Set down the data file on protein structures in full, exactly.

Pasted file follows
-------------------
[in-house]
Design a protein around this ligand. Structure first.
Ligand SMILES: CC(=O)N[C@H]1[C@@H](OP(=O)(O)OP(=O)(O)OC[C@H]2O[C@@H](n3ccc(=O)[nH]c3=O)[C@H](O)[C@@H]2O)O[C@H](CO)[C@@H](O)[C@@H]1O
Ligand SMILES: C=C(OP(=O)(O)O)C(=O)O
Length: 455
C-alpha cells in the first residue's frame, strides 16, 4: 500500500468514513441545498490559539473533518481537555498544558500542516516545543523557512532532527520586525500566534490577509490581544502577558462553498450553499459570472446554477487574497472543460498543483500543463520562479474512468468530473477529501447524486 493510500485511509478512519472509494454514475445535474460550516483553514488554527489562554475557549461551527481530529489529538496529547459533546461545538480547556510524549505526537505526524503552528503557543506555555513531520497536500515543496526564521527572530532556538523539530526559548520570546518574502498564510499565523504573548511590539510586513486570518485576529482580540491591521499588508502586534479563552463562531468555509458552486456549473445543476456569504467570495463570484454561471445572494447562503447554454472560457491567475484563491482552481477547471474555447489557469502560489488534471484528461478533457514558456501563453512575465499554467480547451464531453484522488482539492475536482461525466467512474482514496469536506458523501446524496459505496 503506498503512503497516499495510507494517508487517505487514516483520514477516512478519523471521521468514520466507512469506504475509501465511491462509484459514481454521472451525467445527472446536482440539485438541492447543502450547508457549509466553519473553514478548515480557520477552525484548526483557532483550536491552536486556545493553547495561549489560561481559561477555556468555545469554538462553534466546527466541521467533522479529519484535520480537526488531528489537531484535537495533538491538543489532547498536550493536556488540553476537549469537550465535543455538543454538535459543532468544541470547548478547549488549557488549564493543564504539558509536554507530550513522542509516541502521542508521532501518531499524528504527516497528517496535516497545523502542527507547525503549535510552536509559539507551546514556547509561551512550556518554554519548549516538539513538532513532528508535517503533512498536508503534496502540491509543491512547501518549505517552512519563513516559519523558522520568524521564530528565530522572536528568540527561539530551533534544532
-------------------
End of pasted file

[in-house]
Design a protein around this ligand. Structure first.
Ligand SMILES: CC(=O)N[C@H]1[C@@H](OP(=O)(O)OP(=O)(O)OC[C@H]2O[C@@H](n3ccc(=O)[nH]c3=O)[C@H](O)[C@@H]2O)O[C@H](CO)[C@@H](O)[C@@H]1O
Ligand SMILES: C=C(OP(=O)(O)O)C(=O)O
Length: 455
C-alpha cells in the first residue's frame, strides 16, 4: 500500500468514513441545498490559539473533518481537555498544558500542516516545543523557512532532527520586525500566534490577509490581544502577558462553498450553499459570472446554477487574497472543460498543483500543463520562479474512468468530473477529501447524486 493510500485511509478512519472509494454514475445535474460550516483553514488554527489562554475557549461551527481530529489529538496529547459533546461545538480547556510524549505526537505526524503552528503557543506555555513531520497536500515543496526564521527572530532556538523539530526559548520570546518574502498564510499565523504573548511590539510586513486570518485576529482580540491591521499588508502586534479563552463562531468555509458552486456549473445543476456569504467570495463570484454561471445572494447562503447554454472560457491567475484563491482552481477547471474555447489557469502560489488534471484528461478533457514558456501563453512575465499554467480547451464531453484522488482539492475536482461525466467512474482514496469536506458523501446524496459505496 503506498503512503497516499495510507494517508487517505487514516483520514477516512478519523471521521468514520466507512469506504475509501465511491462509484459514481454521472451525467445527472446536482440539485438541492447543502450547508457549509466553519473553514478548515480557520477552525484548526483557532483550536491552536486556545493553547495561549489560561481559561477555556468555545469554538462553534466546527466541521467533522479529519484535520480537526488531528489537531484535537495533538491538543489532547498536550493536556488540553476537549469537550465535543455538543454538535459543532468544541470547548478547549488549557488549564493543564504539558509536554507530550513522542509516541502521542508521532501518531499524528504527516497528517496535516497545523502542527507547525503549535510552536509559539507551546514556547509561551512550556518554554519548549516538539513538532513532528508535517503533512498536508503534496502540491509543491512547501518549505517552512519563513516559519523558522520568524521564530528565530522572536528568540527561539530551533534544532